Concussion Movie Review
As I sit here and brainstorm about what I want to say about Will Smith’s new football drama, Concussion, I am currently watching the New England Patriots take on the Houston Texans. Now, the original plan was first to write about how millions of Americans- myself included- will spend every Sunday watching a full day’s worth of football for 17 consecutive weeks. In addition to Sundays, there are also Monday, Thursday, and the occasional Saturday night football games, and we must not forget about the four weeks of playoffs that ends with America’s new favorite holiday, Super Bowl Sunday. However, something happened during the game that has always been a costly price for playing this sport but has only become a prominent concern in recent years. Can you guess what it is?
The quarterback for the Texans, Brian Hoyer, left during the fourth quarter after possibly suffering another concussion (he was diagnosed with one less than a month ago). Concussions are definitely not a new risk for these players; however, understanding the actual risks of these types of head injuries are. Along with the growing concerns about the dangers of head on collisions, the National Football League is now being held accountable for the player’s safety on the field. Because of this, the league has enforced a more extensive concussion protocol; however, concussions have not been prevented. According to PBS and their “Concussion Watch”, the NFL had 171 concussions in 2012, 152 in 2013, 123 in 2014, and 166 so far in the 2015 season. It is safe to say that Concussion is being released at a pivotal time.
Concussion is based on the remarkable true story of Dr. Bennet Omalu (Will Smith) as he makes a startling discovery about the brain damage found in football players who have suffered numerous concussions throughout their careers. As he began to officially diagnose and describe this type of brain injury, which he called chronic traumatic encephalopathy (CTE), he realized that he is in for an unlikely uphill battle. By fighting for the truth and, more importantly, the players’ safety, Dr. Omalu was positioning himself against one of the most powerful organization in America- The National Football League.
Writer and director, Peter Landesman, has crafted a film that is serious, thoughtful, and convincing. He delicately presents this timely issue that is embedded in our culture and favorite sport in a compelling and compassionate manner. From the opening scene, he takes a hold of your attention and never lets it go. The film becomes extremely riveting when Landesman also provides a fascinating scientific look behind the dangers of playing this violent sport. As much as it is a sports biopic, it is a medical procedural that is honest and impactful. By using science behind its explanation, we see how damning this information is. For every beautiful catch that is shown in the movie, there is also a clip of a violent hit that has seriously injured a player. This evokes great emotion from the audience, and we start to question and think about the real consequences of playing this game. It definitely will stay with you as you realize how barbaric of this sport can be.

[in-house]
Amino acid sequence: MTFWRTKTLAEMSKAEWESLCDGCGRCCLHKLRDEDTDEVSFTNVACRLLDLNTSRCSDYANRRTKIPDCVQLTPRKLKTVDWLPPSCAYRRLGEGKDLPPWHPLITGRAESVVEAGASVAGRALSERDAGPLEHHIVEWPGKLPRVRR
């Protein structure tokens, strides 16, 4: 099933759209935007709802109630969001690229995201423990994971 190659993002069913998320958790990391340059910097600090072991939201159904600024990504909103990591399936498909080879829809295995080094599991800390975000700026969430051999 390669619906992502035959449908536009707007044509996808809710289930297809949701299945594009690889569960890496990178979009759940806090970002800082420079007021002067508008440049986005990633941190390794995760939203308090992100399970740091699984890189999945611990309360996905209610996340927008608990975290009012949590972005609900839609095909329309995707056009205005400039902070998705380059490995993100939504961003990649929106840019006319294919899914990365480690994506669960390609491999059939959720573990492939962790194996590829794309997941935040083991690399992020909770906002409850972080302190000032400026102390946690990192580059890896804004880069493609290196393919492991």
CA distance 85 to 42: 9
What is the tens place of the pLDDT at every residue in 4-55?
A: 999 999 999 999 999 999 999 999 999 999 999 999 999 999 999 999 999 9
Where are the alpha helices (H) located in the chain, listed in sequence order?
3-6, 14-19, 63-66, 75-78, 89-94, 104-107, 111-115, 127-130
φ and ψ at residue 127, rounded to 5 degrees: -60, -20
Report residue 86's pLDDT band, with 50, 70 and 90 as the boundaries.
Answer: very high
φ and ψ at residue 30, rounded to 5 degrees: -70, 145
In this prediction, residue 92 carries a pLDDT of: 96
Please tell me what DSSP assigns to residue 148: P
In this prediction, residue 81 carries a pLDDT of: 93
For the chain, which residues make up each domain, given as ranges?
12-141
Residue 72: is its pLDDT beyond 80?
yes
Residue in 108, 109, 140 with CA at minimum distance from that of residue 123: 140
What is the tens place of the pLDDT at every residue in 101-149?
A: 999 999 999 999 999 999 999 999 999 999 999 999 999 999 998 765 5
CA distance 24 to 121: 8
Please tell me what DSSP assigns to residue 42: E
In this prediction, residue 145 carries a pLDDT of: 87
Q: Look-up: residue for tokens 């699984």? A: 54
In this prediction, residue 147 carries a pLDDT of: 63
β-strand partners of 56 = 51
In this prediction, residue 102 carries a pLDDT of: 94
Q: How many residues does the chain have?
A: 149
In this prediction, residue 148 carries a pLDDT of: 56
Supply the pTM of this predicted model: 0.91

What really propels Concussion and makes it emotional and entertaining are the terrific performances in the film, more specifically Will Smith’s performance. He is absolutely excellent and carries the film on his back with ease and grace. This is without a doubt, Smith’s best performance and probably his most touching. He is sensitive and conveys great passion and emotion as Dr. Omalu. His commitment to the character and accent is superb, and you just can’t help but to fall in love with the character. Along with Will Smith, there are fine performances from Albert Brooks, Alec Baldwin, and Gugu Mbatha-Raw. Gugu plays Prema, the love interest and future wife of Dr. Omalu. Together they do share some beautiful scenes, but unfortunately, Gugu is mostly underused and is playing a character that is one note.
Although the film might be slightly undone by its straightforward and traditional sports genre storytelling and unnecessary melodramatic moments, it most certainly packs a punch. For many years now, we have all ignorantly cheered big hit after big hit in an NFL game. Hell, we even celebrated when a player gets hit so hard that he is practically unconscious. The best example of this, which is also brilliantly placed in the film, is an old ESPN segment called, “Jacked Up.” This segment was built around looking back at the most violent hits of each week. Every crewmember on this segment would sometimes laugh and scream: “Jacked Up,” while the player in the video package was either visibly woozy or in pain on the ground. I will admit that I used to love this segment and would always look forward to watching it, but now, seeing this segment again and knowing what we do now- it turns my stomach. Thankfully, times have changed. The segment is no longer on air, those hits are less celebrated, and are usually met with a penalty. However, there is still a problem in the NFL concerning the player’s safety. As of right now, there is no clear-cut answer and Peter Landesman does not provide one. What he does provide is a scientific look at the dangers of playing this violent sport that will most certainly create more dialogue about this issue. If you are an NFL fan, this film should be required viewing.
The cast includes: Will Smith (Hitch), Albert Brooks (Drive), Alec Baldwin (To Rome With Love), Gugu Mbatha-Raw (Beyond The Lights), and David Morse (The Hurt Locker). It was written and directed by Peter Landesman (Parkland).
-By Louie Coruzzolo